I’m Tired of The Industry’s Obsession With Making Games Bigger And Bigger

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More Hours Don't Make A Game Better!

Story Highlight
  • Modern gaming is focused on making each experience longer than the last.
  • This often causes bloating problems, poor pacing, and various other issues.
  • Shorter releases like Hi-Fi Rush show why it’s important to strike a balance between the two.

Modern games are more expensive than ever. With the base price now set at $70, additional microtransactions, various higher-end editions that raise the price further, and even more purchases through DLC and season passes, there’s a demand for more value in the AAA industry.

Players want to feel like they get more value from each purchase, and publishers are unwilling to budge from the $70 price standard. The solution, then, seems to be to offer the most content possible for this price.

At least, this is what most studios and people agree is the right approach. In my opinion, this works in some cases, but using it as the general rule is completely unacceptable.

Why it matters: Smaller and shorter titles show up far and few between in the industry today.

Most Games Don’t Work Well When Stretched Out

Ubisoft Open World Map
Ubisoft’s Formula of Bloat Serves To Artificially Inflate Playtime

Let’s set the record straight. I don’t have a problem with lengthy games. In fact, I adore various RPGs and open-world titles that provide hours upon hours of content. However, it’s also important to note that this approach doesn’t work for every game.

One example I can immediately think of is Assassin’s Creed. Over the years, we’ve seen this franchise evolve from an open-world series that offered 10-20 hour-long stories into a franchise that has become notorious for being needlessly bloated.

Assassin’s Creed Valhalla requires a whopping 61 hours of gameplay for the main story alone. The main story doesn’t have enough quality to carry it through this many hours, so this is a huge commitment to ask for.

This isn’t true for Assassin’s Creed alone, and forcefully stretching out games leads to more than one problem. I believe the saturation of open worlds stemmed from this exact problem since this genre is tied to long games.

When done wrong, it leads to unnecessary bloat, filler content, and padding that makes the experience worse. This is a problem with nearly every modern open world since it barely tries to play to the genre’s strengths.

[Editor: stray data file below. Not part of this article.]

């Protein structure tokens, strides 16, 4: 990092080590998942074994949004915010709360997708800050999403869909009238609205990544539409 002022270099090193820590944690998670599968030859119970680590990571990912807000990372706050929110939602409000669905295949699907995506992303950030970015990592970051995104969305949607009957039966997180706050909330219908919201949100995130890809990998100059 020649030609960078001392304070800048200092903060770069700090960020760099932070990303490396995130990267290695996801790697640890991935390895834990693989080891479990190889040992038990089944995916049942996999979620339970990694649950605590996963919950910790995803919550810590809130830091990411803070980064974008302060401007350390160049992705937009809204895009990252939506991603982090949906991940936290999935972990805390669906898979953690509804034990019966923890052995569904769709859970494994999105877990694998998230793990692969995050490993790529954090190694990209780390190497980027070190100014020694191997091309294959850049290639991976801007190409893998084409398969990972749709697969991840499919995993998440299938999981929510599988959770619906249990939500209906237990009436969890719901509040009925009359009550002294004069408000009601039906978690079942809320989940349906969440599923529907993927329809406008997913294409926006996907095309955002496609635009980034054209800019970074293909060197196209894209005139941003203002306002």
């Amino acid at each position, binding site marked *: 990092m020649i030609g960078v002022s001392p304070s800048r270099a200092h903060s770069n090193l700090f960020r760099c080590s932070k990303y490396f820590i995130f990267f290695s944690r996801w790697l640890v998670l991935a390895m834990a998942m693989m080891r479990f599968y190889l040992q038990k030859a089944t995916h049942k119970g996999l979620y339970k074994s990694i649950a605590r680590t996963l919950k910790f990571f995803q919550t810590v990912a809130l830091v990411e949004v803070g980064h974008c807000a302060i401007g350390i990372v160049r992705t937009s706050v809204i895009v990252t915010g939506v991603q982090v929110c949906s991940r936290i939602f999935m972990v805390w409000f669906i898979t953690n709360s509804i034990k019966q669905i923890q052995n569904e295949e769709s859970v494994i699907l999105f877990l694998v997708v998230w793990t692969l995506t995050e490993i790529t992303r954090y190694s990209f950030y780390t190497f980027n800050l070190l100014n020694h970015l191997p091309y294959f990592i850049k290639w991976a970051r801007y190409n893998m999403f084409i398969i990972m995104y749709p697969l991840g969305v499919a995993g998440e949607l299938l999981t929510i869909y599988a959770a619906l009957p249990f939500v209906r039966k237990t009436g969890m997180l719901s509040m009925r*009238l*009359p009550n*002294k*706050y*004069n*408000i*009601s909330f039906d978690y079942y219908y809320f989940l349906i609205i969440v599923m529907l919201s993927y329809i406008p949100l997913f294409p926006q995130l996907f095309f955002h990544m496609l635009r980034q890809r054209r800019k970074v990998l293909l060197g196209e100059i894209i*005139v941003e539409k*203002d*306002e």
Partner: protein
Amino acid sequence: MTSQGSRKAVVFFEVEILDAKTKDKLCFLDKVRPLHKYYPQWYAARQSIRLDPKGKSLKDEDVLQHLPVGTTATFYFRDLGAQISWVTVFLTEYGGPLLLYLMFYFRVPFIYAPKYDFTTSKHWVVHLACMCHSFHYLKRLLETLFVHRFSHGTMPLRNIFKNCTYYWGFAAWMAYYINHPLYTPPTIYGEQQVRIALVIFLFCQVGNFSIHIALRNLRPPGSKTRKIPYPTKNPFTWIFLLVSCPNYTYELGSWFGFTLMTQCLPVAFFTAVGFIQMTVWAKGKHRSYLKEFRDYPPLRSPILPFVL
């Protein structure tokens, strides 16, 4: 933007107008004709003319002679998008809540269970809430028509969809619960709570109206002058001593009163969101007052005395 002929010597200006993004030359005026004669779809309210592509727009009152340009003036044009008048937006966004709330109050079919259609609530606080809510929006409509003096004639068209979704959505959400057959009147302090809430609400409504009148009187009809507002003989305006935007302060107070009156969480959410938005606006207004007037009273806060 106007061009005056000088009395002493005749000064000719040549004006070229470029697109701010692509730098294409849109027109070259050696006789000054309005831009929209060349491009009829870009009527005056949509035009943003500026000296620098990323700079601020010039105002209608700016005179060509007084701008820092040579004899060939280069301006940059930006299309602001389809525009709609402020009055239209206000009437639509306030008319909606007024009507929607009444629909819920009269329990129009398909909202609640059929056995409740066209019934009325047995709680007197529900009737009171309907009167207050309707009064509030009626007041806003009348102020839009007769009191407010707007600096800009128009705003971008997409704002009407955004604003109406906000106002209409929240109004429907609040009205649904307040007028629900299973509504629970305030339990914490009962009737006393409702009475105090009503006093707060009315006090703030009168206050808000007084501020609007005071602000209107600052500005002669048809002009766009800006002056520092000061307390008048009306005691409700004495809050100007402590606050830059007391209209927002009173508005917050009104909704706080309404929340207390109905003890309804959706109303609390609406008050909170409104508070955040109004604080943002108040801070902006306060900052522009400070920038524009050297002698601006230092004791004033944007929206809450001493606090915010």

Instead, the open world is used to signify a lengthy experience, which audiences instantly equate with great value. Another example I can point to is The Last of Us Part 2. While it was not an open-world title, it lasted around 20-30 hours compared to its predecessor’s 10-13 hours runtime.

In my opinion, The Last of Us Part 2 suffered for being this long, overstaying its welcome by the end of the narrative.

More Hours Do Not Equal More Value

Hi-Fi Rush
Hi-Fi Rush Didn’t Need To Be A 50 Hour Long Extravaganza To Win Everyone Over

In my opinion, it’s time for the industry to move beyond the notion of value being defined by an arbitrary number of hours. When a game is said to be 5-6 hours, like in Hellblade 2’s case, most are quick to dismiss it for providing poor value.

Games are so complex as an entertainment medium that this approach is inherently flawed. For instance, Devil May Cry 5 lasts only 10 hours if you play the story once and put it down.

However, fans of the series will know that Devil May Cry 5 offers nearly endless replayability. The barebones argument of x amount of hours per dollar ignores the nuances of many games.

Let’s also discuss how a game’s length can sometimes dissuade audiences from experiencing it. Spending 50-100 hours on a long RPG is a major commitment, and it may push a certain crowd away.

After a long day at work, school, or college, you may not necessarily want to play an RPG that takes multiple hours just to get started. This is why I appreciate developers who go for denser experiences instead of forcing filler content to reach an arbitrary hour goal.

Striking A Fine Balance

Red Dead Redemption 2
Red Dead Redemption 2 Delivers A Well-Crafted Experience That Lasts Several Hours

As I said earlier, I’m not against studios striving to craft lengthier experiences. The likes of Red Dead Redemption 2 and Elden Ring work so well because of the amount of content on offer, but does that mean everything needs to be as long?

In an era where every studio wants to create the next big open world and audiences want more content, I hope to see a fine balance. Smaller games like Hi-Fi Rush are always a treat, and it would be great to see AAA studios find a similar balance.

This would also help them solve the ballooning budget problem and address the excruciatingly long development cycles of modern AAA gaming.

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